A bright light-pink bustamite in massive platy aggregates to 10 cm occurs associated with hardystonite and willemite at Franklin; some specimens have coronal rims of tephroite and/or hardystonite with a symplectite-like texture. This is the assemblage studied by Hey (1929). This bustamite is also notable for its unique fluorescence in ultraviolet as noted above.
Subhedral to euhedral crystals, light pinkish orange and up to 5 cm in length, occur with calcite, andradite, mica, and traces of willemite at Franklin. Some crystals are slightly resorbed. Little is known of the assemblage.
Of significance are two assemblages with substantial ZnO: the first, intimately associated with green microcline, has the maximum ZnO reported in any bustamite and has no exsolution. The second assemblage, with less ZnO, consists of orange-pink Franklin bustamite occurring in large masses, some weighing kilograms. Willemite is commonly associated; in specimens where willemite is clearly exsolved, as plates and/or as rod-like crystals, lesser amounts of a dark red sodic johannsenite is also exsolved as platy crystals. The material was locally abundant.
Aside from these assemblages for which many specimens exist, there are other, rarer assemblages which deserve mention. These are:
a) Franklin bustamite noted by Leavens et al. (1987) associated with glaucochroite, andradite, and willemite.
b) Franklin bustamite with willemite, in a reactive contact with spessartine; the reaction products are gahnite and tephroite.
c) Franklin bustamite in a coarse-grained, slightly layered assemblage of hardystonite, calcite, and andradite. Minor apatite and clinohedrite are present.
At Sterling Hill, bustamite occurs with tephroite, andradite, calcite, and a dark brown unanalyzed clinopyroxene. It is also found associated with diopside and calcite. (Dunn, 1995)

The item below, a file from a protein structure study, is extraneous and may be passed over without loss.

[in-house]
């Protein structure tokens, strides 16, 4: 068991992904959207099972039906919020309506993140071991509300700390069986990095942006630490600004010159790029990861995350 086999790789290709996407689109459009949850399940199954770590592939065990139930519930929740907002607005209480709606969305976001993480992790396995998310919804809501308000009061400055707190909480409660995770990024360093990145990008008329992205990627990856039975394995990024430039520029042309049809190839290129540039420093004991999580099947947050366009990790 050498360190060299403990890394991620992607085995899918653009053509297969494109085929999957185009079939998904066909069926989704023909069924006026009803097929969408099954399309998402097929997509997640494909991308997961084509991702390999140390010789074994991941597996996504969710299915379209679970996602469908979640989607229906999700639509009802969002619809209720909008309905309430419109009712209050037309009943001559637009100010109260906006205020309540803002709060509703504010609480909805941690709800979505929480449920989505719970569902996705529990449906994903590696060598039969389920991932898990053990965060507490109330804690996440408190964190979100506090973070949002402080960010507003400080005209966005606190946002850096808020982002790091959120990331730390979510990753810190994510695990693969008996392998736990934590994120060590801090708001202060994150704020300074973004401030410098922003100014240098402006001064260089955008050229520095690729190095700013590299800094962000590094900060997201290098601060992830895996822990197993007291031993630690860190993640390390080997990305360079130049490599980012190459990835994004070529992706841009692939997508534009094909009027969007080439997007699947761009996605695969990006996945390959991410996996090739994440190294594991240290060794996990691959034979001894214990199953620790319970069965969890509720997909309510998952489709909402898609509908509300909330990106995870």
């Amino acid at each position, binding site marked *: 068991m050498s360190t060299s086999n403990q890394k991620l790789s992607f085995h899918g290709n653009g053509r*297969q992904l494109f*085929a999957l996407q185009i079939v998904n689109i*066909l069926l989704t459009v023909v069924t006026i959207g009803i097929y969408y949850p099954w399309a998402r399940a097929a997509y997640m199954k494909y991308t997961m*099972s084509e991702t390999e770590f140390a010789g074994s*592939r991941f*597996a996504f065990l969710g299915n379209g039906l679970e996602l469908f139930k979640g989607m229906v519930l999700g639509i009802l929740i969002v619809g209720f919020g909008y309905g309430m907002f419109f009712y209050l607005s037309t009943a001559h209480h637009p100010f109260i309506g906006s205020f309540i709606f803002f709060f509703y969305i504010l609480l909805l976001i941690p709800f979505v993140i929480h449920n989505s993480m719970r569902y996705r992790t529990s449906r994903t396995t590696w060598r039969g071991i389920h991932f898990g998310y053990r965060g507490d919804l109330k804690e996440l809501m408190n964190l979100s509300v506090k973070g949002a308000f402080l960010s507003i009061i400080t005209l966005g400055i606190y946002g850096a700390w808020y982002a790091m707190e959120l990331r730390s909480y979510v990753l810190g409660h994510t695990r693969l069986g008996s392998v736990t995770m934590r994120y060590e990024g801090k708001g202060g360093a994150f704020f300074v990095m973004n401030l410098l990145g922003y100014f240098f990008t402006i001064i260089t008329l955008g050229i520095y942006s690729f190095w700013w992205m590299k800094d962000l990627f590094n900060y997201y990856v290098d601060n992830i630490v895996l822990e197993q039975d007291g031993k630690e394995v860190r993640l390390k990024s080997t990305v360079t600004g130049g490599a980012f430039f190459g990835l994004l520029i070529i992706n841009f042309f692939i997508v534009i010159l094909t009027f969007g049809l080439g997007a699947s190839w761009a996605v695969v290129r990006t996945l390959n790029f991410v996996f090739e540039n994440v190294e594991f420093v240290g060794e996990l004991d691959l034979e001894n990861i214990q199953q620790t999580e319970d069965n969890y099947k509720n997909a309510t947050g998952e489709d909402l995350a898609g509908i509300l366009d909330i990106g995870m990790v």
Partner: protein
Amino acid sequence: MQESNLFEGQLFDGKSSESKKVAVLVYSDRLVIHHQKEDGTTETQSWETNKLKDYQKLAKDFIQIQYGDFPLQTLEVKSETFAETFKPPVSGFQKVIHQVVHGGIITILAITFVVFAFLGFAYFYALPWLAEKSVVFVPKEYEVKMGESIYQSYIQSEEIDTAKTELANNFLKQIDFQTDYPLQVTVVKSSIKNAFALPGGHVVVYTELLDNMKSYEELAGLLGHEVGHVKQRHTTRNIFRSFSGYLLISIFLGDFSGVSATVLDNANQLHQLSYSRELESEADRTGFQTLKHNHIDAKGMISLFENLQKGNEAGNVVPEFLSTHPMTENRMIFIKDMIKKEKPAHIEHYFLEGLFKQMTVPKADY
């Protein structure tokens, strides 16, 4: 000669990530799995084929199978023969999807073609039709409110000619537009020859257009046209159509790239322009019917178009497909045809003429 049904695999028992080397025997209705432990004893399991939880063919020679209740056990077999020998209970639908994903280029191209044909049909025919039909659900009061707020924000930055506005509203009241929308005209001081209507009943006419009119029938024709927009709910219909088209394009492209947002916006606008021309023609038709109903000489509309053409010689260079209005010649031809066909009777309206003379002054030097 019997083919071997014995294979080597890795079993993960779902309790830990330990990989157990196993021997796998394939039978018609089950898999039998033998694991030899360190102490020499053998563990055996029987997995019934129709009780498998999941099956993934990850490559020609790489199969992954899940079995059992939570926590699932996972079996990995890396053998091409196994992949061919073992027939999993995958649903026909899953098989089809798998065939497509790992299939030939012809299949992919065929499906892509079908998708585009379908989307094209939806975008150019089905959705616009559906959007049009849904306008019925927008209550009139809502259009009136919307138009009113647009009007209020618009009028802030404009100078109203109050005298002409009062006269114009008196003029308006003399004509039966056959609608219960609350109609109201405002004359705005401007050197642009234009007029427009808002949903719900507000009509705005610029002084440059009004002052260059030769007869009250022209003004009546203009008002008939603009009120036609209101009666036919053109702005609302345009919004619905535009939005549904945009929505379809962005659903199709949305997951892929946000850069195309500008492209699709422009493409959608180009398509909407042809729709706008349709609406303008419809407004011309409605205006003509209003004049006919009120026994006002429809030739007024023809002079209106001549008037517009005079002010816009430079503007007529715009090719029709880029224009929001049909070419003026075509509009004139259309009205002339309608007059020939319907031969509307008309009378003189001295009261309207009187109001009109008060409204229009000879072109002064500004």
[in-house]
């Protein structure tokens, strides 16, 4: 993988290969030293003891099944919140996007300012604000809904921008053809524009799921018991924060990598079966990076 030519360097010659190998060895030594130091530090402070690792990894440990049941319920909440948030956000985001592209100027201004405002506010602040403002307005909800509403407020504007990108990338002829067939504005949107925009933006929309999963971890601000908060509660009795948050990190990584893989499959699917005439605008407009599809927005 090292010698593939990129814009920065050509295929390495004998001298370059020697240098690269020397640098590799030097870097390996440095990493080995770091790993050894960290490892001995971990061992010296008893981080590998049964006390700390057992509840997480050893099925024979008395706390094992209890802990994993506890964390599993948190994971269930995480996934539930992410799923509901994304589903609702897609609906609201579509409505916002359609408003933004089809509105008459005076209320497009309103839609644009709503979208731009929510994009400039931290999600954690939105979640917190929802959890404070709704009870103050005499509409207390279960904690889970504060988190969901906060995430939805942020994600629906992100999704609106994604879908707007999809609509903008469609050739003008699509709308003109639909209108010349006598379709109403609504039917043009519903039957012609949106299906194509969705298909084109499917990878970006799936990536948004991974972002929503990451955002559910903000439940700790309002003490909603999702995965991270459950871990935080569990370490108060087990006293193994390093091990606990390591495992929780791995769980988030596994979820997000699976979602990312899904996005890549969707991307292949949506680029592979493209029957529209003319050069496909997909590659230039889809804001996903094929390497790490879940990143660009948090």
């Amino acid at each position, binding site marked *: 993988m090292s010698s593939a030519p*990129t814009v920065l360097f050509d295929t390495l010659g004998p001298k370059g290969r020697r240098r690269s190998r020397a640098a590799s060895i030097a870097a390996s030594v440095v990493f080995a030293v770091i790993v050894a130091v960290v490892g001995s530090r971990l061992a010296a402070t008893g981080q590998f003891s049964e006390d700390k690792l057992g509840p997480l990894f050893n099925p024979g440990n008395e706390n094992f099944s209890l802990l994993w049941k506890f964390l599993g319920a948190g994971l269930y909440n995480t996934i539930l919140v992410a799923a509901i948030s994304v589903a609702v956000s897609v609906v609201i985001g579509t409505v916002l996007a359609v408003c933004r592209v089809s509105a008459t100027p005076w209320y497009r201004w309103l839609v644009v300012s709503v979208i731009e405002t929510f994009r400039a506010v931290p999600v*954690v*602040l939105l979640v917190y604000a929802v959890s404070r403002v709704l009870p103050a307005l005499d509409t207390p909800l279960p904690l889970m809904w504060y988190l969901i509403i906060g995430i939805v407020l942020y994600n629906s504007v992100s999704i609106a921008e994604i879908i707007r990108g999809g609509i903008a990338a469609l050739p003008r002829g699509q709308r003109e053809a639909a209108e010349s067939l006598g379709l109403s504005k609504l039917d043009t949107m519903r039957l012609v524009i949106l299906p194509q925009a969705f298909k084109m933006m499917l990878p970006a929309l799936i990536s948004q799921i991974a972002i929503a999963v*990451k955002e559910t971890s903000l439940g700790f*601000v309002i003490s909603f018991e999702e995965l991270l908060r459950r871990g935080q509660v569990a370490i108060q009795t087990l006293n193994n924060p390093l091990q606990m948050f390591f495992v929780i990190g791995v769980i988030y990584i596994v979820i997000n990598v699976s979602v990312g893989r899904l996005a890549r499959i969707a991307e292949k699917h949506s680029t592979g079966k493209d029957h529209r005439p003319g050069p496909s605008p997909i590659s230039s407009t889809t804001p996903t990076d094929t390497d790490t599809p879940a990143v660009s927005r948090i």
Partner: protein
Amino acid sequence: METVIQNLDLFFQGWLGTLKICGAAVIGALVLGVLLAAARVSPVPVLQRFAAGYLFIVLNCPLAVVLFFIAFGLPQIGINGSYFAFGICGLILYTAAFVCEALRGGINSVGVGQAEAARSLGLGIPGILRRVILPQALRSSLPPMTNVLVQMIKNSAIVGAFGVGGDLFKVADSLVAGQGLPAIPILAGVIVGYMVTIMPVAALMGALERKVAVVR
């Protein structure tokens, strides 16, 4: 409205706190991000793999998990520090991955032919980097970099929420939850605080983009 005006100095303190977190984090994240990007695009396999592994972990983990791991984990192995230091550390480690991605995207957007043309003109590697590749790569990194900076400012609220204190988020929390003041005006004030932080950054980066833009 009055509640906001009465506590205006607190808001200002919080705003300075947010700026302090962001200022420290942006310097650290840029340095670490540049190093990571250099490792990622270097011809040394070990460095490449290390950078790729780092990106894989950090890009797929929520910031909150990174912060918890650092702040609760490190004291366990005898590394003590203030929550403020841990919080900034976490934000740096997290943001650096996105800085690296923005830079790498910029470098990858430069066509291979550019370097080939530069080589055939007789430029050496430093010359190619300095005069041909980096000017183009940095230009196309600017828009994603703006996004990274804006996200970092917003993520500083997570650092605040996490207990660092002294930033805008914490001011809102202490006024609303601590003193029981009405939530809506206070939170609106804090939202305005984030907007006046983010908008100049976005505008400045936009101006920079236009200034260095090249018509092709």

Location Found: Franklin (Type Locality) and Ogdensburg
     
 
 Year Discovered: 1922
     
 Formula: CaMn2+(Si2O6)
 Essential Elements: Calcium, Manganese, Oxygen, Silicon
 All Elements in Formula: Calcium, Manganese, Oxygen, Silicon
     
 IMA Status: Valid - first described prior to 1959 (pre-IMA) - "Grandfathered"
     
Fluorescent Mineral Properties

 Shortwave UV light: Very rarely bright cherry-red
 Longwave UV light: Weak red, rarely bright cherry-red
 Additional Information: Sterling Hill non-fluorescent, Franklin mostly non-fluorescent
     
 To find out more about this mineral at minDat's website, follow this link   Bustamite

     
 References:
Dunn, Pete J. (1995). Franklin and Sterling Hill New Jersey: the world's most magnificent mineral deposits. Franklin, NJ.: The Franklin-Ogdensburg Mineralogical Society. p.437

Frondel, Clifford (1972). The minerals of Franklin and Sterling Hill, a checklist. NY.: John Willey & Sons. p.47


The Picking Table References
 PT Issue and PageDescription / Comment
V. 57, No. 2 - Fall 2016, pg. 14Fluorescent Minerals of Franklin and Sterling Hill, N.J., Part 1, Richard C. Bostwick - Bustamite
View IssueV. 45, No. 1 - Spring 2004, pg. 9The Art of Fluorescent Mineral Photography, With Special Attention to the Minerals of Franklin and Sterling Hill Photographing the More Popular Franklin and Sterling Hill Fluorescent Minerals - Bustamite
View IssueV. 33, No. 2 - Fall 1992, pg. 10The Check List of Franklin-Sterling Hill Fluorescent Minerals - Bustamite (Fluorescent Info)
View IssueV. 30, No. 1 - Spring 1989, pg. 17Research Reports, Bustamite & Rhodonite
View IssueV. 18, No. 1 - March 1977, pg. 20The Fluorescent Minerals of Franklin and Sterling Hill, NJ by Richard C. Bostwick - Bustamite
View IssueV. 9, No. 1 - February 1968, pg. 7Mineralogical Data - Johannsenite/Bustamite
View IssueV. 6, No. 1 - February 1965, pg. 9Bustamite
View IssueV. 6, No. 1 - February 1965, pg. 10Bustamite and Johannsenite
     
Images